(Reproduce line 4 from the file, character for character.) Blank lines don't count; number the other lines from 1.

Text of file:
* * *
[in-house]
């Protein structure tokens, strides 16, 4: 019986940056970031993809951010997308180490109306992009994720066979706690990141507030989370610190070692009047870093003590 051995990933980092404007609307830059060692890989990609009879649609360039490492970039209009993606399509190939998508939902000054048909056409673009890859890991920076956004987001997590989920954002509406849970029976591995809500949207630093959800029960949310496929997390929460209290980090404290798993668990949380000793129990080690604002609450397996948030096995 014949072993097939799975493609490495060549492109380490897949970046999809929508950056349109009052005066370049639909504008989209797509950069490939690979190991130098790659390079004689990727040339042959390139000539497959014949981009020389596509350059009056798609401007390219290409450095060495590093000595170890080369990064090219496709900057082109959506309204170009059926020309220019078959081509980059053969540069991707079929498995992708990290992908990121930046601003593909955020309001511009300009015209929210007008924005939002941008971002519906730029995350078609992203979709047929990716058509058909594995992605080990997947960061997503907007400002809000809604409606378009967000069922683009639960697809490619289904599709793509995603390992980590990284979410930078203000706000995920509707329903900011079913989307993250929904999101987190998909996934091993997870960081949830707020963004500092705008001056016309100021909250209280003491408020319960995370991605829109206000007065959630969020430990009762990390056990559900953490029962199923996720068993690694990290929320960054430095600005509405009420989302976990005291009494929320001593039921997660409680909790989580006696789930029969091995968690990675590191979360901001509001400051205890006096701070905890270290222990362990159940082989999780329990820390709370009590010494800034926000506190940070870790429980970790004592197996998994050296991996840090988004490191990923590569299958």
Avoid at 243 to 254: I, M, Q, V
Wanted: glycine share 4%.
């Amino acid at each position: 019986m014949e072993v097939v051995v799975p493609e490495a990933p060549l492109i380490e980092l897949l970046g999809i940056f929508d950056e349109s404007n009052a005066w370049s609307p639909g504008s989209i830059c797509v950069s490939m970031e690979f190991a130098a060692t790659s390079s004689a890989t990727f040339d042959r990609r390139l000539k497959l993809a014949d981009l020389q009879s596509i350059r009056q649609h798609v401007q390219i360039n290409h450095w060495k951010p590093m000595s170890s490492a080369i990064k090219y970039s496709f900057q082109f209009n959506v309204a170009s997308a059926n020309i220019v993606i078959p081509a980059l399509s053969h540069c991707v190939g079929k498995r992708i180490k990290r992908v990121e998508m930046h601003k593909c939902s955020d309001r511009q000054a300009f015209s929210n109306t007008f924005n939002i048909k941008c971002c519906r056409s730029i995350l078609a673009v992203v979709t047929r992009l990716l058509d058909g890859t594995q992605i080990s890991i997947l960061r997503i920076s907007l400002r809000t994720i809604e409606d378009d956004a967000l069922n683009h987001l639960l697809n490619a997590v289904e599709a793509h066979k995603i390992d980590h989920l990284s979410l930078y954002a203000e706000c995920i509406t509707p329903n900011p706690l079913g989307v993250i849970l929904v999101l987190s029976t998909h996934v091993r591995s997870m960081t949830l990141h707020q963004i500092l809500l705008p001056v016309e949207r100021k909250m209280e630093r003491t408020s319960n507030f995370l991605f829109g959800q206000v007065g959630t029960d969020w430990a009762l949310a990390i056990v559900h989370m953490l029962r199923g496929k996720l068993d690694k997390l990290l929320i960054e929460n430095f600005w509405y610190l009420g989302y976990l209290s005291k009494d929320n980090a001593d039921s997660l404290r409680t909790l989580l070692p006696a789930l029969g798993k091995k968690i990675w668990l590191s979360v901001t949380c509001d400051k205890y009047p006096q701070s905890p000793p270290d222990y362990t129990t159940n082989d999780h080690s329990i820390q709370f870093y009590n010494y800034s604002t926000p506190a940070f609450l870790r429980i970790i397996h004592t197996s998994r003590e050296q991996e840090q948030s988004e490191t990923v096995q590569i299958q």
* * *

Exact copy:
Wanted: glycine share 4%.